The Natural UNO junior Sami Spenner finished just out of an invitation to the U.S. Olympic Trials
Published: Tuesday, September 25, 2012
Updated: Tuesday, September 25, 2012 17:09
Sami Spenner’s college career started in volleyball as a setter with a tremendous amount of upside. Spenner graduated from Scotus Central Catholic, one of the premiere volleyball schools in the state, as one of the program’s best ever.
Spenner was First Team All-State when the Shamrocks won the title in 2008, piled up 782 assists that season, the second best season in school history, and finished with 1,280 assists in her career, fourth on Scotus’ all-time list. Her high school athletic career also included an All-State Honorable Mention in both basketball and soccer.
Spenner accepted an opportunity to play volleyball at Wayne State, and began as the backup setter in the fall of 2012. But a funny thing happened just a few months before that.
Spenner left soccer to go out for the track team as a senior. At the Nebraska State Track Meet, Spenner finished third in the long jump, third in the triple jump, second in the 200-meter dash and helped the 4X100-meter relay team take first.
Thanks to Spenner switching to track just weeks before graduation, Scotus captured the Class B state championship.
“Steve (Smith, UNO’s head track coach) told me that this girl, Sami Spenner was interested in coming out and I immediately remembered the name,” UNO Assistant track Coach Chris Richardson said. “[I thought] we gotta get her out because I remember her jumping at the state meet and that’s why I was trying to recruit her.”
When Spenner made her mark at the state meet she hadn’t been on anyone’s radar. She had already accepted an offer to play volleyball at Wayne State so her numbers, while impressive, didn’t attract much attention from college track programs.
After seeing action in only five Wayne State volleyball matches, Spenner soon turned her attention back to track. After just one very successful year of high school track she figured, why not keep trying in college track?
If that was just one year what could more time and more training bring?
“After watching the Olympics this year I thought you know, I could be up there,” Spenner said.
Don’t laugh. Last year’s outdoor season and Spenner’s natural ability had her close to earning an invitation to the U.S. Olympic Track and Field Trials in June.
Richardson, who calls himself a multi-events nerd, had been paying attention to heptathlon scores from across the country. He looked into the world rankings, particularly the scores from American athletes.
“I compared her score to that one and when it was all said and done, she ended up being the very last person not in there,” Richardson said.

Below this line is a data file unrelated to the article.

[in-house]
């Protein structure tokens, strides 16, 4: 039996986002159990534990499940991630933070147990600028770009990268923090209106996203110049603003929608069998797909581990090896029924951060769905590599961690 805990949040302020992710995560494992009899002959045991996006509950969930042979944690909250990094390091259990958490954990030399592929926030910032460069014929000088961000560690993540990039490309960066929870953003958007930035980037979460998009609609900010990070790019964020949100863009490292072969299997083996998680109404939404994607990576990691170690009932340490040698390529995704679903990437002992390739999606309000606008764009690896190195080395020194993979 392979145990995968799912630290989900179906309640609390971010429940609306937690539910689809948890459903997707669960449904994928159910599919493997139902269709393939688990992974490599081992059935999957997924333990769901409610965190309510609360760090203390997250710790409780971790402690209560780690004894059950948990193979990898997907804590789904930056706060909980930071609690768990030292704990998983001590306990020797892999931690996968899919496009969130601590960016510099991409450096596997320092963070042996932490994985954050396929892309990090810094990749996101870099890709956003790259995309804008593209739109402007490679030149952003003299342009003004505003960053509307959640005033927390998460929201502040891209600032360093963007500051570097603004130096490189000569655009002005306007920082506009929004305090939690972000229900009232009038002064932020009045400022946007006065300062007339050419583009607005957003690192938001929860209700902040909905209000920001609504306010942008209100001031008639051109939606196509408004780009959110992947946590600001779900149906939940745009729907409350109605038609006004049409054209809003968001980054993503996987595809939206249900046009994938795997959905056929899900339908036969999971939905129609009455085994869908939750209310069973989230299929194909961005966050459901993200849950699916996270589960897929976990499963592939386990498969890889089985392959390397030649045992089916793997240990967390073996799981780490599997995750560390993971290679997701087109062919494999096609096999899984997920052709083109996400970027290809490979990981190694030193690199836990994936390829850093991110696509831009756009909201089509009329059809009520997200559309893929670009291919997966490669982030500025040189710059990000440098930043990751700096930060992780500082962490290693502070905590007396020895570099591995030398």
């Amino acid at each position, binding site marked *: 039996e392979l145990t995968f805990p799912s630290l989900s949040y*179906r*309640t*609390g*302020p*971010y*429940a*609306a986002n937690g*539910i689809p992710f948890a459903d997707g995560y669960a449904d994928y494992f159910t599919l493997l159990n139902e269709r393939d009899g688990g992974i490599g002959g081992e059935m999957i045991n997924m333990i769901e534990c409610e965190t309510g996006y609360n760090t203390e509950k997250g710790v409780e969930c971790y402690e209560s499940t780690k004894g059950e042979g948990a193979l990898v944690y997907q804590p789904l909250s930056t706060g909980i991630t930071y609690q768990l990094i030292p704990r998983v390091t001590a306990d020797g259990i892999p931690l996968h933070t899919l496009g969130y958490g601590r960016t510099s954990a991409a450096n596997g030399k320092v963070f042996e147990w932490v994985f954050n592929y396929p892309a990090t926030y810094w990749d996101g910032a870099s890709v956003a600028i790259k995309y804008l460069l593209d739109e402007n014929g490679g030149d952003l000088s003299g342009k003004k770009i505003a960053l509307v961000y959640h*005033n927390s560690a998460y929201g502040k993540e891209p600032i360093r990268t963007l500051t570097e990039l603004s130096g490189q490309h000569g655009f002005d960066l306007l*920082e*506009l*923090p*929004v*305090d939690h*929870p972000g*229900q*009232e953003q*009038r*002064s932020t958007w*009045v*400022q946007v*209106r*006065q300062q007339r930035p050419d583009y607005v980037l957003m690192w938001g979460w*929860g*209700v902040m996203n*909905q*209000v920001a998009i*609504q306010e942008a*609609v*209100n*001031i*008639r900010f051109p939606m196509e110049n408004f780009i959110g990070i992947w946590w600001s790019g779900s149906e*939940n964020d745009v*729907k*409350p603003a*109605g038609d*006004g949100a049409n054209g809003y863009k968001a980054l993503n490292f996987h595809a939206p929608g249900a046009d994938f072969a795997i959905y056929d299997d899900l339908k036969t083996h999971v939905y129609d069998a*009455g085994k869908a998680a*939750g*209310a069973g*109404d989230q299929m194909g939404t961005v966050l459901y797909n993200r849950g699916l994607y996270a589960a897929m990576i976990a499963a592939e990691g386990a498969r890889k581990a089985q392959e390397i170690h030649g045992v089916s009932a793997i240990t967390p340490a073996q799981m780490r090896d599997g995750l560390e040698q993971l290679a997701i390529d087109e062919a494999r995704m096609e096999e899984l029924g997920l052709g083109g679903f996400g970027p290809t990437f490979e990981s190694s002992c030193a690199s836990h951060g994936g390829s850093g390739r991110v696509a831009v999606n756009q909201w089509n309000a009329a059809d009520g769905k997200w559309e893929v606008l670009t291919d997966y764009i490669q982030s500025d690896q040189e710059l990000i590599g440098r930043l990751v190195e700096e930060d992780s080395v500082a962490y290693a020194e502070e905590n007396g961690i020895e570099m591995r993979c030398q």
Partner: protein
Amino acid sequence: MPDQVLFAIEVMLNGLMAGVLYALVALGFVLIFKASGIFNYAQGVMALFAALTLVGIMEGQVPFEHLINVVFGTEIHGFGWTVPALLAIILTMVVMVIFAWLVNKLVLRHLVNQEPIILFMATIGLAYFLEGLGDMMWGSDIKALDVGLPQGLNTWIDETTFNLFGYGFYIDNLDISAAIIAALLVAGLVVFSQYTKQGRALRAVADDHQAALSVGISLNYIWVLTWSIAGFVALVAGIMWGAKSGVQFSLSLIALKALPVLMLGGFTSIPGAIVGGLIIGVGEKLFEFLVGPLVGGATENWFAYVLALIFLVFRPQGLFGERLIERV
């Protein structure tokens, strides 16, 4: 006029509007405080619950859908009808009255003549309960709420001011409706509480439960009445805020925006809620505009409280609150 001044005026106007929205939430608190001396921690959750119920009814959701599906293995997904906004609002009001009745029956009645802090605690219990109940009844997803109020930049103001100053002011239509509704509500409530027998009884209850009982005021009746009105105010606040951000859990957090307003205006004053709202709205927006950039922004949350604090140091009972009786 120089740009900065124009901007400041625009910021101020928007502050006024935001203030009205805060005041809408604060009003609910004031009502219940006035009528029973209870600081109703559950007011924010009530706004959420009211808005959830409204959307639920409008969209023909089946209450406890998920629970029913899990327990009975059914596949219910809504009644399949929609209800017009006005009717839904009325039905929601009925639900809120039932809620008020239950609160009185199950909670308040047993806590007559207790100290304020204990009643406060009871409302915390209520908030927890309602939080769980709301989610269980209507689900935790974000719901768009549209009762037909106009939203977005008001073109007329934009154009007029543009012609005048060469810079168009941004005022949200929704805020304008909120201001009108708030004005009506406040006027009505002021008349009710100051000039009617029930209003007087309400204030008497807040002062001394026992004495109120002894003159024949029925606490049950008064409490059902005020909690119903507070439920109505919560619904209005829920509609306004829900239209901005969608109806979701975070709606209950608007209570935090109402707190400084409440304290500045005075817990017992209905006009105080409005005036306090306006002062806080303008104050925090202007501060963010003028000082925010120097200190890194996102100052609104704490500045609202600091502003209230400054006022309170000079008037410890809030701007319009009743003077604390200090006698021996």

At the prestigious Drake Relays in late April, Spenner set six personal bests on her way to finishing fourth in the heptathlon. In just her second year competing in the event, Spenner was the highest finishing American-born athlete.
Her career-best mark of 5,593 points was just seven points away from qualifying for the Trials. Had Spenner qualified and put up that number in Eugene, Ore., she would have finished 16th in the competition.
All of that happened at a meet where Spenner’s only goal was to do better than the meet before.
“The goal was a 5,600 [and] I thought maybe I’ll get that next year, maybe I’ll get it the year after that, that was always my goal, to hit that,” Spenner said. “I don’t know what happened. I was at such a head start to where I had been [and] it just kind of rolled from there.”
After the first day, Spenner had set four personal bests. She followed it up with two more the next day, dropping her 800-meter time by six seconds.
“I remember hitting it and thinking, oh my gosh I was seven points short of it (the Trials),” Spenner said. “Then I had to have Chris tell me ‘you know what, guess how far you’ve come in that two year span? You were thinking about this in future years, you weren’t thinking about this now.’ I was happy but then again, I really wanted those seven points.”
The 5,600 that Spenner was shooting for is the normal cutoff line for invitations to the Trials. Since she barely missed it, Spenner decided not to enter her name into consideration.
The heptathlon consists of seven events, four contested on the first day and three on the second. Day one includes the 100-meter hurdles, high jump, shot put and 200-meters. Day two finishes the competition with the long jump, javelin and 800-meters.
Athletes that achieved a 5,800 or higher are considered to have made the ‘A’ standard and automatically qualify for the Trials.
Those with the ‘B’ standard of 5,600 or higher make the team only if additional competitors are needed to make the event competitive. Normally the field is limited to 18.
In 2012 the Trials accepted 20 competitors. Spenner was only 13 points away from the lowest qualifier.
“Even just during the very first week when she came out [and] did some of the drills we were doing, I could see that she knew how to do them, had a natural spring in her step, which you don’t see in everyone, and she was just able to pick up things very quickly,” Richardson said about Spenner’s natural ability. “She transferred here on her own, she contacted us on her own, she essentially just kind of fell into our laps and turned out to be one of the best athletes I’ve ever coached.”
But what’s next? Spenner missed her chance at London, and the 2016 games in Rio de Janeiro are four long years away.